The best of the 48 Hour Film Project have been showcased in many film festivals.
Filmmakers test limits of their creativity
The 48 Hour Film Project debuts here
There's no question Honolulu filmmakers will be ready for their close-up when the 48 Hour Film Project brings its first Honolulu festival to town.
48 Hour Film Project
Screening: 6 and 8:30 p.m. Wednesday
Place: Paliku Theatre, Windward Community College, 45-720 Keaahala Road, Kaneohe
Tickets: $10, available online at ETicketHawaii.com
Local filmmakers have had more than a year's worth of experience with the competitive, quickie filmmaking format, thanks to monthly "Showdown in Chinatown" events that started with teams making a film in 24 hours, before adopting a 48-hour format to give directors more time to edit their work.
The annual 48 Hour Film Project will give Honolulu filmmakers an opportunity to reach a larger audience through a national competition that will pit Hawaii's winner against those from 56 cities across the country for the title "Best 48 Hour Film of 2007" and a cash prize of $7,500. The 48HFP has also produced DVDs of the winning films and has taken the top films to festivals including Cannes, SXSW in Austin, and Cinequest.
According to Cherie Tallett, organizer for the Honolulu event, the local competition will involve 24 teams, from professional to amateur.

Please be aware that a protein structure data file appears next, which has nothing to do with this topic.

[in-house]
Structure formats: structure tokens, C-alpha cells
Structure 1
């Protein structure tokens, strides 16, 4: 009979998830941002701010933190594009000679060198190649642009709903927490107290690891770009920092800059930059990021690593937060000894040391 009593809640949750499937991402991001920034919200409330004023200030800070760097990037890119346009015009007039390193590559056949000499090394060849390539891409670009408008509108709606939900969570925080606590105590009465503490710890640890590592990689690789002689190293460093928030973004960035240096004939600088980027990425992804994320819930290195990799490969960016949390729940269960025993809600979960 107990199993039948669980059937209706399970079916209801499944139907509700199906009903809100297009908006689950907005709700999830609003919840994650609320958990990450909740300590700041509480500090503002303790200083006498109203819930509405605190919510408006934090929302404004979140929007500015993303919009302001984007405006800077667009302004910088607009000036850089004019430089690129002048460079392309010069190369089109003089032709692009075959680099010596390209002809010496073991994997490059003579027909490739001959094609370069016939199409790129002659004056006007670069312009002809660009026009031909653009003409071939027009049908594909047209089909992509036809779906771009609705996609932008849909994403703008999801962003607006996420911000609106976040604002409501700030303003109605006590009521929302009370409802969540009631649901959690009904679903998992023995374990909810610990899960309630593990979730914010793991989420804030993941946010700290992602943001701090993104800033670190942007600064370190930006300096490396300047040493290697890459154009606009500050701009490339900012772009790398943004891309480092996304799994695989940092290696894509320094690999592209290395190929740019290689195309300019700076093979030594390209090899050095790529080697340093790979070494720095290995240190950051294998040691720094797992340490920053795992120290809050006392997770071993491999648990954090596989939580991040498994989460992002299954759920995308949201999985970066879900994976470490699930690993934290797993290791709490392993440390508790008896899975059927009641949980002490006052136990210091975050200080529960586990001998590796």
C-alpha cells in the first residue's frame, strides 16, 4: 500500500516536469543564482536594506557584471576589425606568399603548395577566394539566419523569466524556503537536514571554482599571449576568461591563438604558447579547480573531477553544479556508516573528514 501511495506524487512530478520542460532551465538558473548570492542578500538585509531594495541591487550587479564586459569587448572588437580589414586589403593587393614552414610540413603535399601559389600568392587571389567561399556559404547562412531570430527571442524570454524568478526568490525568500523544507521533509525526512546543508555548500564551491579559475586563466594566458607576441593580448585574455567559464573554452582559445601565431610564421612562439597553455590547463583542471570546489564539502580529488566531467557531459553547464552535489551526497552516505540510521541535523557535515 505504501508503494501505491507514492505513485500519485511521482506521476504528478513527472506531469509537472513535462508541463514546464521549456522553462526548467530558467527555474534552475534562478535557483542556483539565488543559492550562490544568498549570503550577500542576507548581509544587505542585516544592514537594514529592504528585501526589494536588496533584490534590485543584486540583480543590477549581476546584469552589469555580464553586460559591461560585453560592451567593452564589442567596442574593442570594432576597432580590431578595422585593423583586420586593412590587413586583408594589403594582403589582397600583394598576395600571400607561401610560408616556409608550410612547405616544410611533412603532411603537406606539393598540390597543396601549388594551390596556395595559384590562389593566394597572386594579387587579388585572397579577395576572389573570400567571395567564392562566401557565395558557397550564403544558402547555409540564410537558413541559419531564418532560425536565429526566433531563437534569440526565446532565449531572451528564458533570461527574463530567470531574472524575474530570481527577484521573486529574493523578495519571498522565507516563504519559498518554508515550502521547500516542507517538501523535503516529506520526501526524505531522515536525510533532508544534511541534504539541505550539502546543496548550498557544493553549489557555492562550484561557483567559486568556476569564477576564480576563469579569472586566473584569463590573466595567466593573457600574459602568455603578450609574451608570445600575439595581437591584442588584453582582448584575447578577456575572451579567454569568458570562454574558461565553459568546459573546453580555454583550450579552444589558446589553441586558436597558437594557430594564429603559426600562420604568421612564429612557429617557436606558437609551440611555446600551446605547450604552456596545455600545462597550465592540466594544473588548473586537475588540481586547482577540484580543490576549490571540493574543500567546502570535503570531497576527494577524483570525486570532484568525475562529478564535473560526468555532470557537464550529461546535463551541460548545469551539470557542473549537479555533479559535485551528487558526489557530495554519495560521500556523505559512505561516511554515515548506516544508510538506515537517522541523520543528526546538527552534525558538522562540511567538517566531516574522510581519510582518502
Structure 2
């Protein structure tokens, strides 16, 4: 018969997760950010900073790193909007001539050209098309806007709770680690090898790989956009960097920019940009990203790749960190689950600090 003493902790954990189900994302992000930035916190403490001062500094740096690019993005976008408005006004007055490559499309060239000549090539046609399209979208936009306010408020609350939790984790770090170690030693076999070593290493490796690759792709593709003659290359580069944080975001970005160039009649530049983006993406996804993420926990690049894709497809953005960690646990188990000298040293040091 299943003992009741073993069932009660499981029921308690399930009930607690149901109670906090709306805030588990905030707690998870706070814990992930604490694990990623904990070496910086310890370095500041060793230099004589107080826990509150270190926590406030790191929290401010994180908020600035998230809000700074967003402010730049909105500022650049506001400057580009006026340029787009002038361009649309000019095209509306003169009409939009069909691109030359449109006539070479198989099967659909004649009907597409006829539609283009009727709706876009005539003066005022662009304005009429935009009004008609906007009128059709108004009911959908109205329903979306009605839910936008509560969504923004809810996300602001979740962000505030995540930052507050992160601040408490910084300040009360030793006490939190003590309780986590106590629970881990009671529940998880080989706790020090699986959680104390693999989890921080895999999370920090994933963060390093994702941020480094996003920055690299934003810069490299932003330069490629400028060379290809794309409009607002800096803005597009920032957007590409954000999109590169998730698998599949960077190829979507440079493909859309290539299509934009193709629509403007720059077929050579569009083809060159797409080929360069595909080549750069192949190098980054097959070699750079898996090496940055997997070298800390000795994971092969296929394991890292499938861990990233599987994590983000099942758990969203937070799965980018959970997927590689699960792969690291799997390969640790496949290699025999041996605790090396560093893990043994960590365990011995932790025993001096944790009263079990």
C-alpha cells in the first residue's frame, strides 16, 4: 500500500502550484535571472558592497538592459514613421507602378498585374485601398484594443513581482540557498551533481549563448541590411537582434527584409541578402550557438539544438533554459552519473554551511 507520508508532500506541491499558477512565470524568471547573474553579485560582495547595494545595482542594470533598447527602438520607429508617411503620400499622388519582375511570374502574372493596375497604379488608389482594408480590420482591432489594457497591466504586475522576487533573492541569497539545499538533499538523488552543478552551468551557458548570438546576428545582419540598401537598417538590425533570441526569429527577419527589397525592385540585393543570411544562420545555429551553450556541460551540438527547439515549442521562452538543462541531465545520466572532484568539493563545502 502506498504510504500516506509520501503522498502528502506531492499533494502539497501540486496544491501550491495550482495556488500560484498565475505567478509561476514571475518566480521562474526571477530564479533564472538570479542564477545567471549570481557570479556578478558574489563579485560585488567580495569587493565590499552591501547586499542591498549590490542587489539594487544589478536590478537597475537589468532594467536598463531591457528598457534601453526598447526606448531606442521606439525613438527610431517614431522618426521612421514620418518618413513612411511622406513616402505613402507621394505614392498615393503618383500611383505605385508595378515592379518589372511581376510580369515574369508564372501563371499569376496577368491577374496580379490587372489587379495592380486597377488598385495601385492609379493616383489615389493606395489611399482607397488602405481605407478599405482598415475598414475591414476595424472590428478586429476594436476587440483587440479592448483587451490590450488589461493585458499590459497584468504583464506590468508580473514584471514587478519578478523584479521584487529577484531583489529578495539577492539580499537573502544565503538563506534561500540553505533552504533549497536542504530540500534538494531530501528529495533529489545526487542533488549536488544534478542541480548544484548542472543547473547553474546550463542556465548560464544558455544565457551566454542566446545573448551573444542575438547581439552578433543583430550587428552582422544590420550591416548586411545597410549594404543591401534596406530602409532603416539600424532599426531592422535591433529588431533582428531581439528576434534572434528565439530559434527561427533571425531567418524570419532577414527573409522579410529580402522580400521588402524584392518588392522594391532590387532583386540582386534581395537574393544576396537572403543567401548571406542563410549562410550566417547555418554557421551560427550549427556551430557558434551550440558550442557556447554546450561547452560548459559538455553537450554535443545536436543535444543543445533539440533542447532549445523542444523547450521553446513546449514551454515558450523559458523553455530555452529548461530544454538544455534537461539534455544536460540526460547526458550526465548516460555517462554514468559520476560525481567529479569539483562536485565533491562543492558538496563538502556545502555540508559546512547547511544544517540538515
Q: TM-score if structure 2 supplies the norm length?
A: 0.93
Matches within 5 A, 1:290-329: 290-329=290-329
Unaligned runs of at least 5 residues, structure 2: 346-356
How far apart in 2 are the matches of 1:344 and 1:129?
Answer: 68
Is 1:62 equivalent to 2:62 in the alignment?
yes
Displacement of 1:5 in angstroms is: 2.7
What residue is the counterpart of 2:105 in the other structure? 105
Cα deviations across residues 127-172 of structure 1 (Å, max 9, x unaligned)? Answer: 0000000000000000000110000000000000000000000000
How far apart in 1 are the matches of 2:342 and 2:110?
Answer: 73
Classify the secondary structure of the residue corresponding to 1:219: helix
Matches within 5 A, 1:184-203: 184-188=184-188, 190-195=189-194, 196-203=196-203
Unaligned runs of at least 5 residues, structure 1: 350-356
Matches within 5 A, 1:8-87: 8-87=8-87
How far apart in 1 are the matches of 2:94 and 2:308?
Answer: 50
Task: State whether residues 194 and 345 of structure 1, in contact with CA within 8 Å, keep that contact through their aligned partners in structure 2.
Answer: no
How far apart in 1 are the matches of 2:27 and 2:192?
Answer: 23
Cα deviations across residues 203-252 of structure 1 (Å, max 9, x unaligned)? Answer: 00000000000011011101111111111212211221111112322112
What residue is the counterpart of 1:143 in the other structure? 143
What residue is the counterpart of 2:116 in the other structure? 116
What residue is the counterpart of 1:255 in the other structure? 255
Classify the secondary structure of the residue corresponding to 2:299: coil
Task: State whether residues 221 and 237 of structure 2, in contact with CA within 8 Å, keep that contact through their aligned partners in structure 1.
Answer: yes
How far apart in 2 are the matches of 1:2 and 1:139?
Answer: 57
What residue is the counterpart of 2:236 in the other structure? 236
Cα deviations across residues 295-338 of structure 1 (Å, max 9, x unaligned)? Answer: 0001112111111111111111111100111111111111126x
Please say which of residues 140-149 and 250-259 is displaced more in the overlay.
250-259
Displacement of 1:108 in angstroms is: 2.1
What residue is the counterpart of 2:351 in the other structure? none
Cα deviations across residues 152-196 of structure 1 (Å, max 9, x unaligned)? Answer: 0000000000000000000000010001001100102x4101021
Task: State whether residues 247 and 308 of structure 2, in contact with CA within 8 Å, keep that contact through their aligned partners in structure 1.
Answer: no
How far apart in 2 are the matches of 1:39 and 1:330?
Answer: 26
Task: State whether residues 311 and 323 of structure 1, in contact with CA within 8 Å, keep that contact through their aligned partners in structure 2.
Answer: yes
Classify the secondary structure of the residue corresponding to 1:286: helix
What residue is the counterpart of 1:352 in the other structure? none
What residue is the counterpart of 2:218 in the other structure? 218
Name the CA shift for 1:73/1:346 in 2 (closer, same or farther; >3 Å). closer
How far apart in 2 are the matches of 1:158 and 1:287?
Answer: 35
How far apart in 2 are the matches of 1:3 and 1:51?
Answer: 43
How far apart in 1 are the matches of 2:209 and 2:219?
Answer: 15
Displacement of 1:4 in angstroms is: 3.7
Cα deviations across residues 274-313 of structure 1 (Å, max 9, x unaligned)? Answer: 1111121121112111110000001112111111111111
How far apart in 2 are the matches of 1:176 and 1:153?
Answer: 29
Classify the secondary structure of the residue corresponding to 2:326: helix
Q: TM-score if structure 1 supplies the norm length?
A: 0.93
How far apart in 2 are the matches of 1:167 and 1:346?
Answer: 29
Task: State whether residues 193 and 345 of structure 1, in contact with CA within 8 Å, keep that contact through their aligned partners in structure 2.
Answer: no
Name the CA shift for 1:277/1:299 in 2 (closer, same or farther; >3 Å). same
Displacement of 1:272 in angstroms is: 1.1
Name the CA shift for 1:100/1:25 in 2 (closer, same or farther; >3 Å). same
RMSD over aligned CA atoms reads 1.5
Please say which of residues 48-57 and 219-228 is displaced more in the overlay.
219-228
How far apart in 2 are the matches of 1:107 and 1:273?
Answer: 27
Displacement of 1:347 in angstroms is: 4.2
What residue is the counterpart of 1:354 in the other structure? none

Tallett, who grew up in Hawaii, was an L.A.-based producer who did work for MTV, reality television series and documentaries before deciding to move back to Hawaii with her husband to raise their daughter.
That's when the national 48HFP organizers tapped her to organize the Honolulu project. The national competition started in May 2001 when Mark Ruppert, in Washington, D.C., wondered if a film made in only 48 hours would be watchable. He decided to give it a try, enlisting his filmmaking partner, Liz Langston, and other area filmmakers to form their own teams and join the experiment.
Of course, those who have sat through the offerings at "Showdown in Chinatown" know firsthand the answer is both yes and no, but there's no question that small gems have been created in as little as 24 hours.
Access to inexpensive video equipment has fueled the enthusiasm for filmmaking and 48HFP's rapid growth across the country.
According to the 48HFP Web site, www.48hourfilm.com, "the smallest team has consisted of one person who sets up the camera then runs around to be 'on-camera.' Our largest team to date was an Atlanta-based team with 70 people. We've had about 3,000 teams in the project over the years, and at 15 people per team, that translates to roughly 45,000 people who have answered the call to come on out and make a movie."
THE KICKOFF for Honolulu filmmakers will take place at 7 p.m. Friday at the O Lounge. At that time, teams chosen last month will each receive a genre, a character, a prop and a line of dialogue that they must work into their piece. While the character, prop and line will be the same for all the teams, the genres will differ.
Teams will need to drop off their finished work at the same place by 7:30 p.m. Sunday, and the public is invited to view the films at 6 and 8:30 p.m. Wednesday at Windward Community College's Paliku Theatre.
Tallett says she's watched the competitions in L.A. and said, "The deadline is harsh. You can expect teams not to sleep, and there are always teams that can't make the deadline, but it's fun in the end. It's about putting your creativity down on film, using your imagination. We're just here to promote filmmaking."